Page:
While the thread title is an old quote from a politician, this really isn't a thread about politics. Rather, it's about MMORPG monetization.
As you know, different MMORPGs have very different business models. They range from a one-time purchase to a subscription to buying chunks of content to buying cosmetics to buying in-game boosts. Or more commonly these days, more than one of the above, though usually not all of them. And a lot of games put their own spin on a business model, too.
Different business models lead different people to need to pay more or less in order to play a game. And which business model to players prefer? The answer is basically in the thread title: someone else should pay more. My play style shouldn't have to pay so much. I get that the developers need revenue, but they should get it from someone else.
The problem is that that is now nearly everyone's stance. Relying on a heavily pay to win endgame is fine for people who play a lot of alts and never reach that endgame. People who have one character rush to endgame and find that they're expected to pay hundreds of dollars to gear up for it will scream pay to win. Charging instead for character slots naturally elicits the opposite reaction from both categories of players.
Or what about subscriptions? Isn't charging everyone the same fair? People who will play 100 hours per month often think so. People who will play 5 hours per month tend not to. To play the same amount of time in total, they'd have to pay for 20 times as long of a subscription, and hence pay 20 times as much. It's not just a discrepancy between people who have a lot of free time for computer games and people who have much less. It's also a discrepancy between people who focus on only one game at a time versus those who split time between several games--and hence have less time for each.
In some circles, you'll find widespread agreement that charging for cosmetics is fair. It certainly isn't pay to win. You know who thinks charging heavily for cosmetics is a horrible model? People who like cosmetics. They see no reason why they should have to shell out hundreds of dollars to get the outfits that they like while most other people playing the same game pay nothing or nearly so. Shouldn't your outfits be earned in-game?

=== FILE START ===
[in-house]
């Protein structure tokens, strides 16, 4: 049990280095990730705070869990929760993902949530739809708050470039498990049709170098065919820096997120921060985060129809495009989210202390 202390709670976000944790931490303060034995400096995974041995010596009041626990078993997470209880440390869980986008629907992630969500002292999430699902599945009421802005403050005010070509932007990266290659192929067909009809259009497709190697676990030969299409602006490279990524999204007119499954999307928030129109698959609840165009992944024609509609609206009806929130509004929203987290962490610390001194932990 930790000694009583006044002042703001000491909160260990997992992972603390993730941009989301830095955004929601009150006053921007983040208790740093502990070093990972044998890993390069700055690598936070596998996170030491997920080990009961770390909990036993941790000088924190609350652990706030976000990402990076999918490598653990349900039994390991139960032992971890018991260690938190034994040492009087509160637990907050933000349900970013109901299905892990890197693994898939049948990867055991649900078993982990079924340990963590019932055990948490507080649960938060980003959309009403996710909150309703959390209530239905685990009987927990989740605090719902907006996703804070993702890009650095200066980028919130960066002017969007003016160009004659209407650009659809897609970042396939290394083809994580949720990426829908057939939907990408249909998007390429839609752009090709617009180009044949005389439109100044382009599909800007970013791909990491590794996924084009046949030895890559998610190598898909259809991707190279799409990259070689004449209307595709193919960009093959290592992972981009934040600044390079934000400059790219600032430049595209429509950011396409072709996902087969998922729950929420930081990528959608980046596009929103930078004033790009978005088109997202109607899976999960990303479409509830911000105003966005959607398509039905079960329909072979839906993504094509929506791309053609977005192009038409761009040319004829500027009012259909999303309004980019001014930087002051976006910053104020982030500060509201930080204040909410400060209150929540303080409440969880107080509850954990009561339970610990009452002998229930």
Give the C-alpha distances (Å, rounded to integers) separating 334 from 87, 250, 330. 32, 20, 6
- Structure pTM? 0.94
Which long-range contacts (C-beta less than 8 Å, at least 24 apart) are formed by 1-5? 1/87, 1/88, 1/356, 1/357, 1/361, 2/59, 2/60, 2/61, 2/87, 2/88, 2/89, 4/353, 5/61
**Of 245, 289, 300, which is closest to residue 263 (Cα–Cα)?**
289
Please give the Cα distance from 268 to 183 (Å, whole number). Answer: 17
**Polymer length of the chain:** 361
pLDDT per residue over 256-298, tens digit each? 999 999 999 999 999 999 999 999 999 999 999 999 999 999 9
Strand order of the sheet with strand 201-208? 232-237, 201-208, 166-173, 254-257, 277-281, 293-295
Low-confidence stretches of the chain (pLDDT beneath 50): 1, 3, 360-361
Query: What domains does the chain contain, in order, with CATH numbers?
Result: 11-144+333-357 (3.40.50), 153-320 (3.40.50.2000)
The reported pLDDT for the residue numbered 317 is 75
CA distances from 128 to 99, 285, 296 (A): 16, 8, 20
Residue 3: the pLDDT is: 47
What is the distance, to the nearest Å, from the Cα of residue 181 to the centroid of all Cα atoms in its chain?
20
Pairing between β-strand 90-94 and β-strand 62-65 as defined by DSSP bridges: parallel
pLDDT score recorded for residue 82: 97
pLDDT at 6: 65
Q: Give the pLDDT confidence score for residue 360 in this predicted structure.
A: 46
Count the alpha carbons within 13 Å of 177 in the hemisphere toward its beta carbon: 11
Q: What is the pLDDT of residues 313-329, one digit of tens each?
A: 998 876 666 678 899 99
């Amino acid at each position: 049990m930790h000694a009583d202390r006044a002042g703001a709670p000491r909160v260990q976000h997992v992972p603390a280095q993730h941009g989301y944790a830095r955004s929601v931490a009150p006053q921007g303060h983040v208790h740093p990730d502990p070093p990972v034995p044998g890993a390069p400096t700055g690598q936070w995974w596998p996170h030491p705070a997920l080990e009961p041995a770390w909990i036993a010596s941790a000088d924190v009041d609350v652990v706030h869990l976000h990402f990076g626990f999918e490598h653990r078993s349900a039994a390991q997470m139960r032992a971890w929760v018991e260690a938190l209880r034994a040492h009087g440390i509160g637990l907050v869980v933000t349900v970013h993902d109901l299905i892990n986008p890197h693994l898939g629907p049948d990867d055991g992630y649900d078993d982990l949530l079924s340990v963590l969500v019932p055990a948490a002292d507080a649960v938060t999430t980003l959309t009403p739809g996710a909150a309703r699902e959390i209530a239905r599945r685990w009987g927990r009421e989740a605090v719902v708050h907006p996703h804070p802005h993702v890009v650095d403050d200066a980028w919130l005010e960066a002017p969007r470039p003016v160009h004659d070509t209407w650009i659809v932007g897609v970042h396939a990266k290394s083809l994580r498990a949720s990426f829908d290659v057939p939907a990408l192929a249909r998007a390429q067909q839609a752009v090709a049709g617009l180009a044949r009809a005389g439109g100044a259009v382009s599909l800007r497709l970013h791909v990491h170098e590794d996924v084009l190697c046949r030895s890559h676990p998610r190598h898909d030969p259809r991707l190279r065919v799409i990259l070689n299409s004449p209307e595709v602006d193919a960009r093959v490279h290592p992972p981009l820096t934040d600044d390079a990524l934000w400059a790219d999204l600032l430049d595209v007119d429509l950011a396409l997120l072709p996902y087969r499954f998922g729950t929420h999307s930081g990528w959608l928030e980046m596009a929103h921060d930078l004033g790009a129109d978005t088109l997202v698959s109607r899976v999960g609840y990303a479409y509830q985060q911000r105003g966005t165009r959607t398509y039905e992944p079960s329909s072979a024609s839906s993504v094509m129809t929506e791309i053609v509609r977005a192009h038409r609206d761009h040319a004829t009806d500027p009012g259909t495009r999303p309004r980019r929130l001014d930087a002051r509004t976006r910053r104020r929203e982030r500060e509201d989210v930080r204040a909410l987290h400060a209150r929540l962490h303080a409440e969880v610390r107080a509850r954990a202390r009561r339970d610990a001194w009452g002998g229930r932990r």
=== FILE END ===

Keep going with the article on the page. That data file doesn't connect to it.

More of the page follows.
How about charging for pieces of content? That works fine for people who only have a little time to play the game, as they're not going to reach the next batch of content and have to pay for it very quickly. People who are low level often don't gain any benefit from buying expansions, after all. But people who are going to zip through the game in a couple of weeks don't like being expected to buy every single expansion and DLC and what not and pay a whole lot of money in those first couple of weeks.
And then there is paying for early access to a game, whether nominally an alpha, beta, or whatever. People who want polished games and don't play until well after launch typically don't mind if someone else has to pay for early access. The people who play lots of betas and quit most games before launch tend to think that the betas should be completely free. It's so unfair to charge for a game that is still a mess when you're just asking for players to test it! People who use betas to test games and help developers with useful feedback may have a point there, but hardly anyone in betas will do that, and most just play the game as they would any launched game. "Here are my game preferences and I think all games should cater to them" is not useful feedback, though developers receive quite a lot of it. "Here is how to reproduce a bug" is far more useful, and developers get a lot less of that.
About the only group of people happy to pay a lot of money for games are the whales who expect to be given large in-game advantages over everyone else in exchange for their money. And that's exactly the group that everyone else doesn't want to see games rely heavily on, as people don't want for games to give big advantages to someone else. After all, that's pay to win!